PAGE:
Black is the darkest color, the result of the absence or complete absorption of visible light. It is an achromatic color, literally a color without hue, like white (its opposite) and gray. It is often used symbolically or figuratively to represent darkness, while white represents light.
Black ink is the most common color used for printing books, newspapers and documents, because it has the highest contrast with white paper and is the easiest to read. For the same reason, black text on a white screen is the most common format used on computer screens. In color printing it is used along with the subtractive primaries cyan, yellow, and magenta, in order to help produce the darkest shades.
Black and white have often been used to describe opposites; particularly truth and ignorance, good and evil, the “Dark Ages” versus Age of Enlightenment. Since the Middle Ages black has been the symbolic color of solemnity and authority, and for this reason is still commonly worn by judges and magistrates.
Black was one of the first colors used by artists in neolithic cave paintings. In the 14th century, it began to be worn by royalty, the clergy, judges and government officials in much of Europe. It became the color worn by English romantic poets, businessmen and statesmen in the 19th century, and a high fashion color in the 20th century.
In the Roman Empire, it became the color of mourning, and over the centuries it was frequently associated with death, evil, witches and magic. According to surveys in Europe and North America, it is the color most commonly associated with mourning, the end, secrets, magic, force, violence, evil, and elegance.
History and art
Black was one of the first colors used in art. The Lascaux Cave in France contains drawings of bulls and other animals drawn by paleolithic artists between 18,000 and 17,000 years ago. They began by using charcoal, and then made more vivid black pigments by burning bones or grinding a powder of manganese oxide.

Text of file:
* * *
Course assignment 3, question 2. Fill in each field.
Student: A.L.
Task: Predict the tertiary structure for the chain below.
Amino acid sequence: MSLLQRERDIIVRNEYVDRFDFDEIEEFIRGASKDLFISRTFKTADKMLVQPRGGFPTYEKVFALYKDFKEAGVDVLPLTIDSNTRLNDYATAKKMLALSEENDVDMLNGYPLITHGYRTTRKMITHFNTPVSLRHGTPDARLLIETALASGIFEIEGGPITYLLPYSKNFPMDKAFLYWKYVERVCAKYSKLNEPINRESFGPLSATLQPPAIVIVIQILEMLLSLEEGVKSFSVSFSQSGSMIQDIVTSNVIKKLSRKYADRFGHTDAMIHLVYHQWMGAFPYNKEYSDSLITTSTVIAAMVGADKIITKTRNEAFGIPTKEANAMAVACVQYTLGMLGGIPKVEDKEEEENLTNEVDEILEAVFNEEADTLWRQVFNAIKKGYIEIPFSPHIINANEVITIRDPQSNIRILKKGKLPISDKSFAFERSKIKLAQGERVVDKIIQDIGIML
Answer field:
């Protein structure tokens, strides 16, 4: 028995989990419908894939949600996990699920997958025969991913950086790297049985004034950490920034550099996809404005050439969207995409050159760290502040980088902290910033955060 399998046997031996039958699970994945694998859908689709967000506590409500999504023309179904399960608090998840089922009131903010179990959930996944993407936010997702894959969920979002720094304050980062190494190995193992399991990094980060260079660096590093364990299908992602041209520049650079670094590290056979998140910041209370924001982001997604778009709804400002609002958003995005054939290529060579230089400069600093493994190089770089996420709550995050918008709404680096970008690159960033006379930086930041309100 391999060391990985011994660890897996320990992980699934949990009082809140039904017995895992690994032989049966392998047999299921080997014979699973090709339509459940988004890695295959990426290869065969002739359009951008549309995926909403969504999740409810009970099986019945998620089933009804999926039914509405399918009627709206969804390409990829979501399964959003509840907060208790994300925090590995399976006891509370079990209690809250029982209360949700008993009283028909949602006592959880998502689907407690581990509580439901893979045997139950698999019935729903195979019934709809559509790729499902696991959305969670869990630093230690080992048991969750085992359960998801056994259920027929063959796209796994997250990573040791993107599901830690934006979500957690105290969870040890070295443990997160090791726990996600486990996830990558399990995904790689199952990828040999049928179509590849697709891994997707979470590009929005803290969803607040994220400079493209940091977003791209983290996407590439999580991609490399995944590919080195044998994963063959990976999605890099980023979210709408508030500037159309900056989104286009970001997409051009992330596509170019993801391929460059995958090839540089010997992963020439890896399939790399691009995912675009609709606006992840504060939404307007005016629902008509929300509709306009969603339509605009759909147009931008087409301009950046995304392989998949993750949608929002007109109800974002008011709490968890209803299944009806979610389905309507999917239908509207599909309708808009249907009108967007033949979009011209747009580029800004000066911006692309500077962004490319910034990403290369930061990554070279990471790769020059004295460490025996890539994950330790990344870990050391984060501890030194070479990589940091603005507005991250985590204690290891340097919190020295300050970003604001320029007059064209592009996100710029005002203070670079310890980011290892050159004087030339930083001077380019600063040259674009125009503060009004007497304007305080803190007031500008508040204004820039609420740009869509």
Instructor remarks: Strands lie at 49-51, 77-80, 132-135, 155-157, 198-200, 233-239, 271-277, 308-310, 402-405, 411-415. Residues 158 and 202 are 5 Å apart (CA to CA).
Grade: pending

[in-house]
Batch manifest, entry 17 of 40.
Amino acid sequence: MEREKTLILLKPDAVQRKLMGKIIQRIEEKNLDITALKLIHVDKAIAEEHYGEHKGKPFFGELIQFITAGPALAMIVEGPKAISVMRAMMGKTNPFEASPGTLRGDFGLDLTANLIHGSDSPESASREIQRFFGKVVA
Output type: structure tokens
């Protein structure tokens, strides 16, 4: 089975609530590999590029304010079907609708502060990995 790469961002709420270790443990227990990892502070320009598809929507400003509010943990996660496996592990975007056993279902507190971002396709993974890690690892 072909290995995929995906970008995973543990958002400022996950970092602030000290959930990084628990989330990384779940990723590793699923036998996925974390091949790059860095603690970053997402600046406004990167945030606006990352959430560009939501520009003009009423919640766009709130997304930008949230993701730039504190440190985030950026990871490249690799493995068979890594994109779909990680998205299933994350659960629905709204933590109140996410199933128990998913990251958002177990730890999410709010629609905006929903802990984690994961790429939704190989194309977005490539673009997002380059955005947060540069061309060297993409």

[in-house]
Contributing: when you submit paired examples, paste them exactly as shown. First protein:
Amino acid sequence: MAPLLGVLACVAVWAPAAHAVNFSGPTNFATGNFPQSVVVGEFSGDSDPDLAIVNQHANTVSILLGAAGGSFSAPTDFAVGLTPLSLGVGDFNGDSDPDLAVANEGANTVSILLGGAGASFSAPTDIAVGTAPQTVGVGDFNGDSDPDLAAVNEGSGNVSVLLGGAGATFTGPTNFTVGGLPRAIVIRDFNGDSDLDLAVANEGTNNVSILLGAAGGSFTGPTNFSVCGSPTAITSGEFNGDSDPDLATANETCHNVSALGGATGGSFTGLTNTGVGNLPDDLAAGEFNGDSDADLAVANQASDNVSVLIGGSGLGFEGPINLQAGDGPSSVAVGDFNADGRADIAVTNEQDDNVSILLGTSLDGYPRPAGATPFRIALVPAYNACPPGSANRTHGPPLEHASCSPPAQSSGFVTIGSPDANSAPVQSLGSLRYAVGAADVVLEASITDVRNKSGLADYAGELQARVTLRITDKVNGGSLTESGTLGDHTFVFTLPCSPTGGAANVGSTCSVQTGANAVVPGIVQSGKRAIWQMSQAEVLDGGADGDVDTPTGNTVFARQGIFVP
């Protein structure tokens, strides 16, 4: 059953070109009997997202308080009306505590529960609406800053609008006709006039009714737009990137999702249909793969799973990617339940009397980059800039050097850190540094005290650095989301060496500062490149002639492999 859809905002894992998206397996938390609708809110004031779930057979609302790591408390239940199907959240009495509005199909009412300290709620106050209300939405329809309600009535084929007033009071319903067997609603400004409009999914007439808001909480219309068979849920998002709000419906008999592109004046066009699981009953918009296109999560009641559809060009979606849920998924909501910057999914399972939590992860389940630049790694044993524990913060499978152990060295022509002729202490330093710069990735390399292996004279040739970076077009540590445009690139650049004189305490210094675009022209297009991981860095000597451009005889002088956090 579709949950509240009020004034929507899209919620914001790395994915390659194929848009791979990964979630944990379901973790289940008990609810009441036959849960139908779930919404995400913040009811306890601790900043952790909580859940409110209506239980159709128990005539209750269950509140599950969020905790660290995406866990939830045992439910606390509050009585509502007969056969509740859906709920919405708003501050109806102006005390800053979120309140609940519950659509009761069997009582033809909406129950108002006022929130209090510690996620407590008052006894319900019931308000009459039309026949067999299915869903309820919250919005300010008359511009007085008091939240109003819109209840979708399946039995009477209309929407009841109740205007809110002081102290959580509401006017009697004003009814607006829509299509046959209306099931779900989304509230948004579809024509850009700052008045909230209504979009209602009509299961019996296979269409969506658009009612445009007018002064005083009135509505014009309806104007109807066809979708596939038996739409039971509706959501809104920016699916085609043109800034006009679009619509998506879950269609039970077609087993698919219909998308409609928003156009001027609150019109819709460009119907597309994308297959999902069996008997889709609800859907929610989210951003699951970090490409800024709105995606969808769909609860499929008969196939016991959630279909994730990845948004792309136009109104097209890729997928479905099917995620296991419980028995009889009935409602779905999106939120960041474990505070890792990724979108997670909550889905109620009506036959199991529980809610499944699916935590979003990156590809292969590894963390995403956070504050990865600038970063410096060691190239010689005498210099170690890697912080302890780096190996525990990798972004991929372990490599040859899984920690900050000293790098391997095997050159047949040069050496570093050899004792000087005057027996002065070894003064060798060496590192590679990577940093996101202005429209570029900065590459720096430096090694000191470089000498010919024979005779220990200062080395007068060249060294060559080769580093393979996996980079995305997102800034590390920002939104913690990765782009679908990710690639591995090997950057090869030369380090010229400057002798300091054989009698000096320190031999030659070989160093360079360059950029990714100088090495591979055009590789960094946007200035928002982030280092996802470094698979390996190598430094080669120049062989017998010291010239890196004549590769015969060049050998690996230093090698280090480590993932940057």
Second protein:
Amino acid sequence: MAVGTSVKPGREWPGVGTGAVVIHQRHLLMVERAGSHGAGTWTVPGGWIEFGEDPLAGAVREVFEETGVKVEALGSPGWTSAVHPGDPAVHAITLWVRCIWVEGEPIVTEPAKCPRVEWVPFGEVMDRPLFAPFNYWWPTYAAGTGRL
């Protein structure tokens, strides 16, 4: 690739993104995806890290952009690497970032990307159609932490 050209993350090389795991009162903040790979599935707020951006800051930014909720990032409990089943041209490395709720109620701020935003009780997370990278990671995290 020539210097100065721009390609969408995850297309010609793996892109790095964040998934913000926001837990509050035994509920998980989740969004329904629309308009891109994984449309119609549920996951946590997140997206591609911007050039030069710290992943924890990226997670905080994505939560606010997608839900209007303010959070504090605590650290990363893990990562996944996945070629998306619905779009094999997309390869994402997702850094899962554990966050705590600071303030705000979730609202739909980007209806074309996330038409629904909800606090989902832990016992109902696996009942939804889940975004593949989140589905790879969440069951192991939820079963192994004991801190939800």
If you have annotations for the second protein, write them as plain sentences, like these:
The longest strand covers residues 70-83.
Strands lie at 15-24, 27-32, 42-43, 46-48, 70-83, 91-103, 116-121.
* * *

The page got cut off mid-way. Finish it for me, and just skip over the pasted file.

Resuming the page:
For the ancient Egyptians, black had positive associations; being the color of fertility and the rich black soil flooded by the Nile. It was the color of Anubis, the god of the underworld, who took the form of a black jackal, and offered protection against evil to the dead.
For the ancient Greeks, black was also the color of the underworld, separated from the world of the living by the river Acheron, whose water was black. Those who had committed the worst sins were sent to Tartarus, the deepest and darkest level. In the center was the palace of Hades, the king of the underworld, where he was seated upon a black ebony throne.
Black was one of the most important colors used by ancient Greek artists. In the 6th century BC, they began making black-figure pottery and later red figure pottery, using a highly original technique. In black-figure pottery, the artist would paint figures with a glossy clay slip on a red clay pot. When the pot was fired, the figures painted with the slip would turn black, against a red background. Later they reversed the process, painting the spaces between the figures with slip. This created magnificent red figures against a glossy black background.
In the social hierarchy of ancient Rome, purple was the color reserved for the Emperor; red was the color worn by soldiers (red cloaks for the officers, red tunics for the soldiers); white the color worn by the priests, and black was worn by craftsmen and artisans. The black they wore was not deep and rich; the vegetable dyes used to make black were not solid or lasting, so the blacks often turned out faded gray or brown.
In Latin, the word for black, ater and to darken, atere, were associated with cruelty, brutality and evil. They were the root of the English words “atrocious” and “atrocity”.
Black was also the Roman color of death and mourning. In the 2nd century BC Roman magistrates began to wear a dark toga, called a toga pulla, to funeral ceremonies. Later, under the Empire, the family of the deceased also wore dark colors for a long period; then, after a banquet to mark the end of mourning, exchanged the black for a white toga. In Roman poetry, death was called the hora nigra, the black hour.